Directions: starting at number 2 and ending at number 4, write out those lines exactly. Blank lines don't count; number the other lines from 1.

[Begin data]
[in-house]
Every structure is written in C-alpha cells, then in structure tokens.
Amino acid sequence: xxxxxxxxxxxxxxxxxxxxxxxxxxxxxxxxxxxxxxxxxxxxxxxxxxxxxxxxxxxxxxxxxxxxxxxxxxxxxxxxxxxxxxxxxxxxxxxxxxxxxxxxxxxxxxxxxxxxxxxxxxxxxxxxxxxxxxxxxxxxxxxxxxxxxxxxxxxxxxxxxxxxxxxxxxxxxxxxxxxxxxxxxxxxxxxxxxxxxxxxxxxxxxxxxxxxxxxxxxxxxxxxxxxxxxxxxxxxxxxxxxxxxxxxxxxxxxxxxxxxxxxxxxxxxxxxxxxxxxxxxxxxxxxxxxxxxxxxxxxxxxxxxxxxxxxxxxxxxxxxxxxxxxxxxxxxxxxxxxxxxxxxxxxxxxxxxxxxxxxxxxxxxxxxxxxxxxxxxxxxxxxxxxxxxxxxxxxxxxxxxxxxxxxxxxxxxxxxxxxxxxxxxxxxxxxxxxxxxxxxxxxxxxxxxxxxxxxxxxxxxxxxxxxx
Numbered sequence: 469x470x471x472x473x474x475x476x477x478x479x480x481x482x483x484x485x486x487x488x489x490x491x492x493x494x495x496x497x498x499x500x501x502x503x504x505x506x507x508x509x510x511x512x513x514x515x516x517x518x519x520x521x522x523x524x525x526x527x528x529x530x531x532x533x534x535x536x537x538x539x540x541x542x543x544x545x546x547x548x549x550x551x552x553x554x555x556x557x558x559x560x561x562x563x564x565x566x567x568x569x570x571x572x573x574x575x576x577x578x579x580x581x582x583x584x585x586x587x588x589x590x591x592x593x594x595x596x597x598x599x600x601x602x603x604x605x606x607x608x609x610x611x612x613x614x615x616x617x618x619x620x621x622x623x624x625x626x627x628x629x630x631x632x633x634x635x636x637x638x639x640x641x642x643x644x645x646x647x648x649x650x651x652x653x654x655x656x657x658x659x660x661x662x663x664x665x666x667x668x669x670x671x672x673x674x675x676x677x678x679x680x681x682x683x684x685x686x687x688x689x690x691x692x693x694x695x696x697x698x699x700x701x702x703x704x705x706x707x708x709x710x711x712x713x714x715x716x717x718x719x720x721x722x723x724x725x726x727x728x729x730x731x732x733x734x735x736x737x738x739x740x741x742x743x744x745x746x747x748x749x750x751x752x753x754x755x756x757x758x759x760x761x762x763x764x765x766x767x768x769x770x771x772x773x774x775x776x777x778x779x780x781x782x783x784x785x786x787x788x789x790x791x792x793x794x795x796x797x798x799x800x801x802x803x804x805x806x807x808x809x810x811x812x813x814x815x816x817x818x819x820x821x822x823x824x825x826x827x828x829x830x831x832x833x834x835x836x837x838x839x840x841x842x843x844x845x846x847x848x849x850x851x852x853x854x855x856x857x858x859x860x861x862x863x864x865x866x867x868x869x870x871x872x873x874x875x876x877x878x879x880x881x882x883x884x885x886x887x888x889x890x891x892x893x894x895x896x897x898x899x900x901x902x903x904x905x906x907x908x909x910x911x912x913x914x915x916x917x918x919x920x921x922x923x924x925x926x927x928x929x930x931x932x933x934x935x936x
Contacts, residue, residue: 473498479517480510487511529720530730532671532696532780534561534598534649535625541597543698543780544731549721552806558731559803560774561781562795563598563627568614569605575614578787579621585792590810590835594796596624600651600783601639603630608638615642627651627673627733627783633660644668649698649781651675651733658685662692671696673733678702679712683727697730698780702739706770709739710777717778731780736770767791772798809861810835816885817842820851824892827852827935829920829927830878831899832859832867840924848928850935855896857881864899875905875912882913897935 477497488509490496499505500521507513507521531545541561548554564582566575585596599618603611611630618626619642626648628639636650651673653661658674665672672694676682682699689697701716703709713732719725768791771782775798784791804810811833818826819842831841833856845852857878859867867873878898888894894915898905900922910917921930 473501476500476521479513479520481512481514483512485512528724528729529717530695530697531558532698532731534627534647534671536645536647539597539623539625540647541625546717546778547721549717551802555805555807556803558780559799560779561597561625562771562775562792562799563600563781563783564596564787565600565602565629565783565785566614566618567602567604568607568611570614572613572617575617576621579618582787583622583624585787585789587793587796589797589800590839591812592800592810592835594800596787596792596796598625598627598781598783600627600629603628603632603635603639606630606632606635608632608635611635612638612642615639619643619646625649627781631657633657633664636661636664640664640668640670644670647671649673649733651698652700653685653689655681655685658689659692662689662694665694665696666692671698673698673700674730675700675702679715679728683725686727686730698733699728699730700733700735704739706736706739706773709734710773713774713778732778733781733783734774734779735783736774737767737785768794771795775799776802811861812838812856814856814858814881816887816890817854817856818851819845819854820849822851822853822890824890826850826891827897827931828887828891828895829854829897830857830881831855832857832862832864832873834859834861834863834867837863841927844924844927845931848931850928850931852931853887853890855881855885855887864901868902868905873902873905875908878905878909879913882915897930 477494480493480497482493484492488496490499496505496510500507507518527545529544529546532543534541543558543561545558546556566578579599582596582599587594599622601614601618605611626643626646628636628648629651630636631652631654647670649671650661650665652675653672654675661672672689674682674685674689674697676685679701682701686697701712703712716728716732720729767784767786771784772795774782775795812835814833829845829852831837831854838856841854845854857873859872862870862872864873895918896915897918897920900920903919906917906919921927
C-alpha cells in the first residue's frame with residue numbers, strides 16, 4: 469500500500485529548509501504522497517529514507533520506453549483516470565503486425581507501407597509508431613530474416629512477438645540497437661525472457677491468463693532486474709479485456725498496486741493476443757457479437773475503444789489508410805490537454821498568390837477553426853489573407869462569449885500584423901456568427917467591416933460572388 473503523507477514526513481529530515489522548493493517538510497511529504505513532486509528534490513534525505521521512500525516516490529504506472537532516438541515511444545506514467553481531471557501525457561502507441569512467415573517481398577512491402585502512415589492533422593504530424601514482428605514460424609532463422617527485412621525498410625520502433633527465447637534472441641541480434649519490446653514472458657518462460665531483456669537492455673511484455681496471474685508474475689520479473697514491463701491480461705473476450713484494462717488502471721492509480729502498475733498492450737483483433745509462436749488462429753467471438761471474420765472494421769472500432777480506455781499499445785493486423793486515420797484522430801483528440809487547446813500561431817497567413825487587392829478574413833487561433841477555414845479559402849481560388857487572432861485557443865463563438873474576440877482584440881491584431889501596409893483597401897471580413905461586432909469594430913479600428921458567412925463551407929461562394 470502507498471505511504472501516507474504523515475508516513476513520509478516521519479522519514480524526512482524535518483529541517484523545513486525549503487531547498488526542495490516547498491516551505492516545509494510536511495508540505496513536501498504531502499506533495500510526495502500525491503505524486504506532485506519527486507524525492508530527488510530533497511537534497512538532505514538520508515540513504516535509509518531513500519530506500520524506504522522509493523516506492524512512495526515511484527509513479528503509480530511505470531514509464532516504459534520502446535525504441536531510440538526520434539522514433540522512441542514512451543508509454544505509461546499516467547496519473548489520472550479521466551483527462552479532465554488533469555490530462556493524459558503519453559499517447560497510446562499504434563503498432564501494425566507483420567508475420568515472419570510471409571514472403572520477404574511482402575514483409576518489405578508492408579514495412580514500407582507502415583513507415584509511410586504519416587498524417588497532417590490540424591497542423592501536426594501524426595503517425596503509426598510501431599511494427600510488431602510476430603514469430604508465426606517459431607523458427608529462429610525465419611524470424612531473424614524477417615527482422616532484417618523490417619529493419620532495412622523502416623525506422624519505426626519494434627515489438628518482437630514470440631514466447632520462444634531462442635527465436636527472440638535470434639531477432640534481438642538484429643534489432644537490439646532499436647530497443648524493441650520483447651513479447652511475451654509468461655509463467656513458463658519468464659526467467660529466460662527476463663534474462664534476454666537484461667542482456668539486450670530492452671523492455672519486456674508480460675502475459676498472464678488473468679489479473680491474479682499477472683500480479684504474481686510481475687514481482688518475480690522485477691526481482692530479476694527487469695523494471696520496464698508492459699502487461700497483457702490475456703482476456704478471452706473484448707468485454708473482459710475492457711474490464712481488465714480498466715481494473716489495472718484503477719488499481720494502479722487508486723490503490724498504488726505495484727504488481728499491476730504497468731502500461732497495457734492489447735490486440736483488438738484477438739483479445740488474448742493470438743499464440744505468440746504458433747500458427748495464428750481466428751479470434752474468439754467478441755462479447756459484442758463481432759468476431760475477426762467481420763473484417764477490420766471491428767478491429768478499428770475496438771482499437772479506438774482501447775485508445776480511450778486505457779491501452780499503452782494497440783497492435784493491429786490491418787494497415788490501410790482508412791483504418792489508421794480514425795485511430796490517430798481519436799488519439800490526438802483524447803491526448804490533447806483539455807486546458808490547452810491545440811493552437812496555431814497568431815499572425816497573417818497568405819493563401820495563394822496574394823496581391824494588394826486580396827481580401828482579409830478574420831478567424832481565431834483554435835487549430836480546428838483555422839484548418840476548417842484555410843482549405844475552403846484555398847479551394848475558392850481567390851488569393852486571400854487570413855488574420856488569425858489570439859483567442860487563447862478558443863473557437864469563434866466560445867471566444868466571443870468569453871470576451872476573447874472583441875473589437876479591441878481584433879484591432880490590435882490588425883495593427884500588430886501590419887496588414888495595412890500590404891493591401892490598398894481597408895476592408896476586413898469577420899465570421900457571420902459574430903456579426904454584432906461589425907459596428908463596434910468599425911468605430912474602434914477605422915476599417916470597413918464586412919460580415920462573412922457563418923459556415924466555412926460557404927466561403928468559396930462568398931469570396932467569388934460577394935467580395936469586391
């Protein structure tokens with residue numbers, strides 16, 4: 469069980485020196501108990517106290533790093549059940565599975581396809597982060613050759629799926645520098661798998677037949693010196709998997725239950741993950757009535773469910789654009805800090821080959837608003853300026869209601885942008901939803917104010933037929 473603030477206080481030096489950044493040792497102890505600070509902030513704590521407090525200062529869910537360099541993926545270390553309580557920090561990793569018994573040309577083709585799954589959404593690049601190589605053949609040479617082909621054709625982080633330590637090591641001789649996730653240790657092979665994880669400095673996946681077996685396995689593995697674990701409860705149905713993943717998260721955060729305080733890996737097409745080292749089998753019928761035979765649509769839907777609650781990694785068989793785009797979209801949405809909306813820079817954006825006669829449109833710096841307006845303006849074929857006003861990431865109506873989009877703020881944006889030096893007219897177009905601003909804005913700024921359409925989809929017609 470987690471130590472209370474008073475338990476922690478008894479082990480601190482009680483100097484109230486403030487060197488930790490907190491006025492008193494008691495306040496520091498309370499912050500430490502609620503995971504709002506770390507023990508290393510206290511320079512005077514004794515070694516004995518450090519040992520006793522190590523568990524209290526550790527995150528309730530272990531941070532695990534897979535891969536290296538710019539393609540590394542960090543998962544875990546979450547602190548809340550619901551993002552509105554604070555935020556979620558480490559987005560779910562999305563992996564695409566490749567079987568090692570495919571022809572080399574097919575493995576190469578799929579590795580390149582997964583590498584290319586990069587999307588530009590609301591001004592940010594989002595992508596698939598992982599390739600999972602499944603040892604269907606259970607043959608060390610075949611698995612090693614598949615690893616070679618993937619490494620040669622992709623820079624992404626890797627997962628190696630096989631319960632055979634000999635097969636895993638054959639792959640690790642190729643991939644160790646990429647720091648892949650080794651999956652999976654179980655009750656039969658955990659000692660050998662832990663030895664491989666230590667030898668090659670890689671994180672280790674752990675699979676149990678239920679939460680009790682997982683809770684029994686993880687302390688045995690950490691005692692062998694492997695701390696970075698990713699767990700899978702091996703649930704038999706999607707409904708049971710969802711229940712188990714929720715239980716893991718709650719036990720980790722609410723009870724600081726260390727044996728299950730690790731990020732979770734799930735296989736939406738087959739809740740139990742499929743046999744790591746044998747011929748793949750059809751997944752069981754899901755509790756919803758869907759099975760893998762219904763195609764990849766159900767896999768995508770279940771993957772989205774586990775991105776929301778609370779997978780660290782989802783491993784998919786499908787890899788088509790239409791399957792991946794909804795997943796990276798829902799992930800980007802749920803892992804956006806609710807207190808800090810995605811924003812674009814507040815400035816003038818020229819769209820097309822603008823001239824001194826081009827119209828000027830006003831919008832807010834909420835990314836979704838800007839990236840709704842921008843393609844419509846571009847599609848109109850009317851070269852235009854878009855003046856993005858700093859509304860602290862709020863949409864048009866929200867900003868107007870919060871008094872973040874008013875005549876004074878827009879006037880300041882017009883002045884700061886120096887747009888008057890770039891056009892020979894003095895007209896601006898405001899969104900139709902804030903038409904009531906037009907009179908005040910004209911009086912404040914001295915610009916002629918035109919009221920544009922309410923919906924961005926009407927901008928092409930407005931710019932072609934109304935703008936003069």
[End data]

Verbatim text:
Every structure is written in C-alpha cells, then in structure tokens.
Amino acid sequence: xxxxxxxxxxxxxxxxxxxxxxxxxxxxxxxxxxxxxxxxxxxxxxxxxxxxxxxxxxxxxxxxxxxxxxxxxxxxxxxxxxxxxxxxxxxxxxxxxxxxxxxxxxxxxxxxxxxxxxxxxxxxxxxxxxxxxxxxxxxxxxxxxxxxxxxxxxxxxxxxxxxxxxxxxxxxxxxxxxxxxxxxxxxxxxxxxxxxxxxxxxxxxxxxxxxxxxxxxxxxxxxxxxxxxxxxxxxxxxxxxxxxxxxxxxxxxxxxxxxxxxxxxxxxxxxxxxxxxxxxxxxxxxxxxxxxxxxxxxxxxxxxxxxxxxxxxxxxxxxxxxxxxxxxxxxxxxxxxxxxxxxxxxxxxxxxxxxxxxxxxxxxxxxxxxxxxxxxxxxxxxxxxxxxxxxxxxxxxxxxxxxxxxxxxxxxxxxxxxxxxxxxxxxxxxxxxxxxxxxxxxxxxxxxxxxxxxxxxxxxxxxxxxxx
Numbered sequence: 469x470x471x472x473x474x475x476x477x478x479x480x481x482x483x484x485x486x487x488x489x490x491x492x493x494x495x496x497x498x499x500x501x502x503x504x505x506x507x508x509x510x511x512x513x514x515x516x517x518x519x520x521x522x523x524x525x526x527x528x529x530x531x532x533x534x535x536x537x538x539x540x541x542x543x544x545x546x547x548x549x550x551x552x553x554x555x556x557x558x559x560x561x562x563x564x565x566x567x568x569x570x571x572x573x574x575x576x577x578x579x580x581x582x583x584x585x586x587x588x589x590x591x592x593x594x595x596x597x598x599x600x601x602x603x604x605x606x607x608x609x610x611x612x613x614x615x616x617x618x619x620x621x622x623x624x625x626x627x628x629x630x631x632x633x634x635x636x637x638x639x640x641x642x643x644x645x646x647x648x649x650x651x652x653x654x655x656x657x658x659x660x661x662x663x664x665x666x667x668x669x670x671x672x673x674x675x676x677x678x679x680x681x682x683x684x685x686x687x688x689x690x691x692x693x694x695x696x697x698x699x700x701x702x703x704x705x706x707x708x709x710x711x712x713x714x715x716x717x718x719x720x721x722x723x724x725x726x727x728x729x730x731x732x733x734x735x736x737x738x739x740x741x742x743x744x745x746x747x748x749x750x751x752x753x754x755x756x757x758x759x760x761x762x763x764x765x766x767x768x769x770x771x772x773x774x775x776x777x778x779x780x781x782x783x784x785x786x787x788x789x790x791x792x793x794x795x796x797x798x799x800x801x802x803x804x805x806x807x808x809x810x811x812x813x814x815x816x817x818x819x820x821x822x823x824x825x826x827x828x829x830x831x832x833x834x835x836x837x838x839x840x841x842x843x844x845x846x847x848x849x850x851x852x853x854x855x856x857x858x859x860x861x862x863x864x865x866x867x868x869x870x871x872x873x874x875x876x877x878x879x880x881x882x883x884x885x886x887x888x889x890x891x892x893x894x895x896x897x898x899x900x901x902x903x904x905x906x907x908x909x910x911x912x913x914x915x916x917x918x919x920x921x922x923x924x925x926x927x928x929x930x931x932x933x934x935x936x